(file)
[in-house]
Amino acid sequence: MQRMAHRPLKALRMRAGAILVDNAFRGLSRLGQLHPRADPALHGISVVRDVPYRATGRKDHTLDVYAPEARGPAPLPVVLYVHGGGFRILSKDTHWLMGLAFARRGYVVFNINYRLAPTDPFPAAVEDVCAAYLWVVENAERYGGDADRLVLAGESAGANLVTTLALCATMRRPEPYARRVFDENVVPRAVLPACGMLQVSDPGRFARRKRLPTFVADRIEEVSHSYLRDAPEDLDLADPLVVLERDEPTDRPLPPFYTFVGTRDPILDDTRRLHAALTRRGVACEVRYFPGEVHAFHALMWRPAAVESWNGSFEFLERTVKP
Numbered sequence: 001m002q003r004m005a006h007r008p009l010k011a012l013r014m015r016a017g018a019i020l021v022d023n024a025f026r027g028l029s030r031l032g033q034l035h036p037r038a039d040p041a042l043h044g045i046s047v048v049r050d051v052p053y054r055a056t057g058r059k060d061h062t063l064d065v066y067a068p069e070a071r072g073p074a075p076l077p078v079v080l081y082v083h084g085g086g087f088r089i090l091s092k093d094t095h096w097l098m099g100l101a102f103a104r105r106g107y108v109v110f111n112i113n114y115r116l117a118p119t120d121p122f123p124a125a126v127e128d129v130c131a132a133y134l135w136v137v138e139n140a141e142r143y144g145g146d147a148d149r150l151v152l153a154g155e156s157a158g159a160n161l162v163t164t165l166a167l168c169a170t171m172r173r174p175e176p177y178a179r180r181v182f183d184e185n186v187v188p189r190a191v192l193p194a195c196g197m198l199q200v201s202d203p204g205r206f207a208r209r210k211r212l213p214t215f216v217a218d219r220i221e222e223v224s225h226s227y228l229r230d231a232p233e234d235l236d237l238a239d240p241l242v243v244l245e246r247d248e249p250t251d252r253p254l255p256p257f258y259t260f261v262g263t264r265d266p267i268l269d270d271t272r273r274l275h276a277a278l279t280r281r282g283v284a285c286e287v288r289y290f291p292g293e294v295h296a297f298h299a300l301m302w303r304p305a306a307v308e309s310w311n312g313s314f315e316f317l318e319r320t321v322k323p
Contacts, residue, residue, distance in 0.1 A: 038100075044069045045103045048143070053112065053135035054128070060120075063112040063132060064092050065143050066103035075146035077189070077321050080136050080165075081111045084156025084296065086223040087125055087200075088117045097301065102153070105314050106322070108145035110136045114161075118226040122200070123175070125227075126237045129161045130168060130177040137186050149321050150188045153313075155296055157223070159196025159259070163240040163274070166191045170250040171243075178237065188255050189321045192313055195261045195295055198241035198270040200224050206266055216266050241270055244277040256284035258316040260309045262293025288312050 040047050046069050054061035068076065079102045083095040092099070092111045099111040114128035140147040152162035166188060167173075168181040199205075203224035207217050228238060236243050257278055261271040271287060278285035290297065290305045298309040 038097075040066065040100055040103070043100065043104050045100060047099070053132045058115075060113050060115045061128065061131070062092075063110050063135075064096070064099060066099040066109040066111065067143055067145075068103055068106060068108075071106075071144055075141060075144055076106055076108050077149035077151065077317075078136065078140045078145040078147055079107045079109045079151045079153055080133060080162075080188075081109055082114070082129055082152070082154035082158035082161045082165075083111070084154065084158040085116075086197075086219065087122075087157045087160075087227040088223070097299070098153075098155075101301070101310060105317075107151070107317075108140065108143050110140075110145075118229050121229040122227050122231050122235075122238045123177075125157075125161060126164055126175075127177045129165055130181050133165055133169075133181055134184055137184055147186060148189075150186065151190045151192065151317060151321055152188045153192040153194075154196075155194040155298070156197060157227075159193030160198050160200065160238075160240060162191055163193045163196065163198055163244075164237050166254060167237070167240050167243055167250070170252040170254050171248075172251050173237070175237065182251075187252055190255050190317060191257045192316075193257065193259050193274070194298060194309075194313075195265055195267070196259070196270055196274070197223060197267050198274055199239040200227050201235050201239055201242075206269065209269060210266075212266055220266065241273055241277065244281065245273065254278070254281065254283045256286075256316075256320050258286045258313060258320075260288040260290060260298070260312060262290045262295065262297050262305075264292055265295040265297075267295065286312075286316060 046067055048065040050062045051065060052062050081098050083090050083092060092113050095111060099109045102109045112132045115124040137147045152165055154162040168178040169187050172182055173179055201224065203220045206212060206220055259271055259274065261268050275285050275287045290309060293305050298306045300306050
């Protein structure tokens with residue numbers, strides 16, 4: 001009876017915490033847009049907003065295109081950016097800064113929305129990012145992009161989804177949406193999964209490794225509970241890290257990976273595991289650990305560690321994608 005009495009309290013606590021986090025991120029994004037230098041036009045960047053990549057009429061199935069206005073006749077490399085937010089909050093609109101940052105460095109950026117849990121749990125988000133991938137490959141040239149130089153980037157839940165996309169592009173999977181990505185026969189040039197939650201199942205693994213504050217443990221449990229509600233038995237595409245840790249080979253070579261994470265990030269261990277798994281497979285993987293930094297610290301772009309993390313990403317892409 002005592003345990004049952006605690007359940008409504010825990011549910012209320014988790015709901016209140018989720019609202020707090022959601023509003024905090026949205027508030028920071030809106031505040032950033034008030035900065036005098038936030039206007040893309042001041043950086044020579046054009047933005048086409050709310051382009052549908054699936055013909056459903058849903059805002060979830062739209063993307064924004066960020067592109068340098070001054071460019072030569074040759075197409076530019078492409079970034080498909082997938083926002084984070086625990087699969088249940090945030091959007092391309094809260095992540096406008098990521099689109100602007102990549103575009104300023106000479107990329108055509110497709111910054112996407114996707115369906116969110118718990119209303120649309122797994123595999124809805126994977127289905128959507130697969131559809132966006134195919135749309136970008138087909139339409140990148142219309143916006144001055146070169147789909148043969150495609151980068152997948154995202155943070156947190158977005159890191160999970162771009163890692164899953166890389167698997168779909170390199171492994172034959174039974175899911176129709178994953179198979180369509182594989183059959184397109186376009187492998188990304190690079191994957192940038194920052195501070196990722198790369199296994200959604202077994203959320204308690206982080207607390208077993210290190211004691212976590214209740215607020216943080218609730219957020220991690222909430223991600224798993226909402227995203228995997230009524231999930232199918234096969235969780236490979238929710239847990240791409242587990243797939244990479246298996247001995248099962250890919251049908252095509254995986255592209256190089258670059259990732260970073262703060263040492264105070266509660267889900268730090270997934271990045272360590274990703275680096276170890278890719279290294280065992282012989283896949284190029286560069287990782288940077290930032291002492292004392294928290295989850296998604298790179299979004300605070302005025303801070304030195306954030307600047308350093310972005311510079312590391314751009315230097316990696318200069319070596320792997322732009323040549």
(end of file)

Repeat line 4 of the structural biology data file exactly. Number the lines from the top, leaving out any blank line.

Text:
Contacts, residue, residue, distance in 0.1 A: 038100075044069045045103045048143070053112065053135035054128070060120075063112040063132060064092050065143050066103035075146035077189070077321050080136050080165075081111045084156025084296065086223040087125055087200075088117045097301065102153070105314050106322070108145035110136045114161075118226040122200070123175070125227075126237045129161045130168060130177040137186050149321050150188045153313075155296055157223070159196025159259070163240040163274070166191045170250040171243075178237065188255050189321045192313055195261045195295055198241035198270040200224050206266055216266050241270055244277040256284035258316040260309045262293025288312050 040047050046069050054061035068076065079102045083095040092099070092111045099111040114128035140147040152162035166188060167173075168181040199205075203224035207217050228238060236243050257278055261271040271287060278285035290297065290305045298309040 038097075040066065040100055040103070043100065043104050045100060047099070053132045058115075060113050060115045061128065061131070062092075063110050063135075064096070064099060066099040066109040066111065067143055067145075068103055068106060068108075071106075071144055075141060075144055076106055076108050077149035077151065077317075078136065078140045078145040078147055079107045079109045079151045079153055080133060080162075080188075081109055082114070082129055082152070082154035082158035082161045082165075083111070084154065084158040085116075086197075086219065087122075087157045087160075087227040088223070097299070098153075098155075101301070101310060105317075107151070107317075108140065108143050110140075110145075118229050121229040122227050122231050122235075122238045123177075125157075125161060126164055126175075127177045129165055130181050133165055133169075133181055134184055137184055147186060148189075150186065151190045151192065151317060151321055152188045153192040153194075154196075155194040155298070156197060157227075159193030160198050160200065160238075160240060162191055163193045163196065163198055163244075164237050166254060167237070167240050167243055167250070170252040170254050171248075172251050173237070175237065182251075187252055190255050190317060191257045192316075193257065193259050193274070194298060194309075194313075195265055195267070196259070196270055196274070197223060197267050198274055199239040200227050201235050201239055201242075206269065209269060210266075212266055220266065241273055241277065244281065245273065254278070254281065254283045256286075256316075256320050258286045258313060258320075260288040260290060260298070260312060262290045262295065262297050262305075264292055265295040265297075267295065286312075286316060 046067055048065040050062045051065060052062050081098050083090050083092060092113050095111060099109045102109045112132045115124040137147045152165055154162040168178040169187050172182055173179055201224065203220045206212060206220055259271055259274065261268050275285050275287045290309060293305050298306045300306050